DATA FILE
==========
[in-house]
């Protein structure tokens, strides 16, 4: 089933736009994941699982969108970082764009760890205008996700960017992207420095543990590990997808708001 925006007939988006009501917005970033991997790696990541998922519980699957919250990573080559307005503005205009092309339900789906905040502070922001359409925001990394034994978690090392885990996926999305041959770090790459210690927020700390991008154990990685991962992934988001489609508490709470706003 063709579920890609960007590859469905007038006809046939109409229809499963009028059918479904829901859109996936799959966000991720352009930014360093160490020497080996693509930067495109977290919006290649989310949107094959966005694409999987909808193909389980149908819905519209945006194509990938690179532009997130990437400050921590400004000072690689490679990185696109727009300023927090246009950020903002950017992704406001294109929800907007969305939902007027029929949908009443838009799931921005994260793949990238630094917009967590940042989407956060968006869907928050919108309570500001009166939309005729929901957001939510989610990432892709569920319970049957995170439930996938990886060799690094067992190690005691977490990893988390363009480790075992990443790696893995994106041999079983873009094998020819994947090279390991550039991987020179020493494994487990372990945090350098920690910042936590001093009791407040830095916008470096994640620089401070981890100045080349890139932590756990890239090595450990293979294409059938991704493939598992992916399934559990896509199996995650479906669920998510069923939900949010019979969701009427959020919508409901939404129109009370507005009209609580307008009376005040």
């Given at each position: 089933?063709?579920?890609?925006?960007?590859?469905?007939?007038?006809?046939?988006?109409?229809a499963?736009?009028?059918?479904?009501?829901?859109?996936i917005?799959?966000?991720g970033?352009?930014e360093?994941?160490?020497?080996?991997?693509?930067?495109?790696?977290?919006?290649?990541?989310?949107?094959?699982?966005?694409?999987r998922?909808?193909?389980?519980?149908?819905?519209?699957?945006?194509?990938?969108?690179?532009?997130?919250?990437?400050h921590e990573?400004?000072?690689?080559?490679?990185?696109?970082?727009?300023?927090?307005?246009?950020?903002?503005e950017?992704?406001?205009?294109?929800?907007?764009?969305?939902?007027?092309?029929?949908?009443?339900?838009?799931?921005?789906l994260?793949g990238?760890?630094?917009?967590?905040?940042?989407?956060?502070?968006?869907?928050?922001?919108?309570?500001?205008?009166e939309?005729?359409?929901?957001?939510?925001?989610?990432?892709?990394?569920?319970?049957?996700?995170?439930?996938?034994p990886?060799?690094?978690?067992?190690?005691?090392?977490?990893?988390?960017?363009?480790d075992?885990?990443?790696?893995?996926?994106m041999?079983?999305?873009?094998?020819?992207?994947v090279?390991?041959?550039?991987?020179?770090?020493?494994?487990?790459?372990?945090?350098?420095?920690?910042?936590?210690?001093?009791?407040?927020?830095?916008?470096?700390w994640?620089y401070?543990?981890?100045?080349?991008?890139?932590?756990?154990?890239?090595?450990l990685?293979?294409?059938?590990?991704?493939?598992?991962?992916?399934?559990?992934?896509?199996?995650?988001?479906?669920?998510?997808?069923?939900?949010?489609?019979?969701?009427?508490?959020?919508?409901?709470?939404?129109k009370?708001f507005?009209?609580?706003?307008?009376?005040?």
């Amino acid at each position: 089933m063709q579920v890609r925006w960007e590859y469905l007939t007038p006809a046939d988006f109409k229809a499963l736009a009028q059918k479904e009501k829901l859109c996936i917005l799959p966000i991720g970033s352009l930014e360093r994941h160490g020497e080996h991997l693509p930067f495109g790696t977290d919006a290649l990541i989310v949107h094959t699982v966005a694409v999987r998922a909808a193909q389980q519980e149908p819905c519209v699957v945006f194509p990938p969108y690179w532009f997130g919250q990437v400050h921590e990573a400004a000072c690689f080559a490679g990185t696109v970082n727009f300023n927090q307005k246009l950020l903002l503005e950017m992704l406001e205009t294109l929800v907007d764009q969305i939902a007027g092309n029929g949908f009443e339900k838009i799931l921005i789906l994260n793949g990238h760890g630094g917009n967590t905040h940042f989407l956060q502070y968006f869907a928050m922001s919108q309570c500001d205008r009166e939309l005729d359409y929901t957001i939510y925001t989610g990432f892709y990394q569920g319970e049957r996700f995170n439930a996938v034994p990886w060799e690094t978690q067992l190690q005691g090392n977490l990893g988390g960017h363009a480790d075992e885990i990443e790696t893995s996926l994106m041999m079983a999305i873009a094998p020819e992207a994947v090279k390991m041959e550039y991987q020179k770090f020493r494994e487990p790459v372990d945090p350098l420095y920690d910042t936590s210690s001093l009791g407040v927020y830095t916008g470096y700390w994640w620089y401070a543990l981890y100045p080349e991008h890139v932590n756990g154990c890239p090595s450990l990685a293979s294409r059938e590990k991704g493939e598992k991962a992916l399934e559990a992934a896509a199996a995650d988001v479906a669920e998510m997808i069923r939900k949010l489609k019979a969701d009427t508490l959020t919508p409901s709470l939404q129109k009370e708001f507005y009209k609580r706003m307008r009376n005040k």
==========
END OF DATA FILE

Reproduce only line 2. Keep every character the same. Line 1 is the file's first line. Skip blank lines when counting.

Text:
């Protein structure tokens, strides 16, 4: 089933736009994941699982969108970082764009760890205008996700960017992207420095543990590990997808708001 925006007939988006009501917005970033991997790696990541998922519980699957919250990573080559307005503005205009092309339900789906905040502070922001359409925001990394034994978690090392885990996926999305041959770090790459210690927020700390991008154990990685991962992934988001489609508490709470706003 063709579920890609960007590859469905007038006809046939109409229809499963009028059918479904829901859109996936799959966000991720352009930014360093160490020497080996693509930067495109977290919006290649989310949107094959966005694409999987909808193909389980149908819905519209945006194509990938690179532009997130990437400050921590400004000072690689490679990185696109727009300023927090246009950020903002950017992704406001294109929800907007969305939902007027029929949908009443838009799931921005994260793949990238630094917009967590940042989407956060968006869907928050919108309570500001009166939309005729929901957001939510989610990432892709569920319970049957995170439930996938990886060799690094067992190690005691977490990893988390363009480790075992990443790696893995994106041999079983873009094998020819994947090279390991550039991987020179020493494994487990372990945090350098920690910042936590001093009791407040830095916008470096994640620089401070981890100045080349890139932590756990890239090595450990293979294409059938991704493939598992992916399934559990896509199996995650479906669920998510069923939900949010019979969701009427959020919508409901939404129109009370507005009209609580307008009376005040």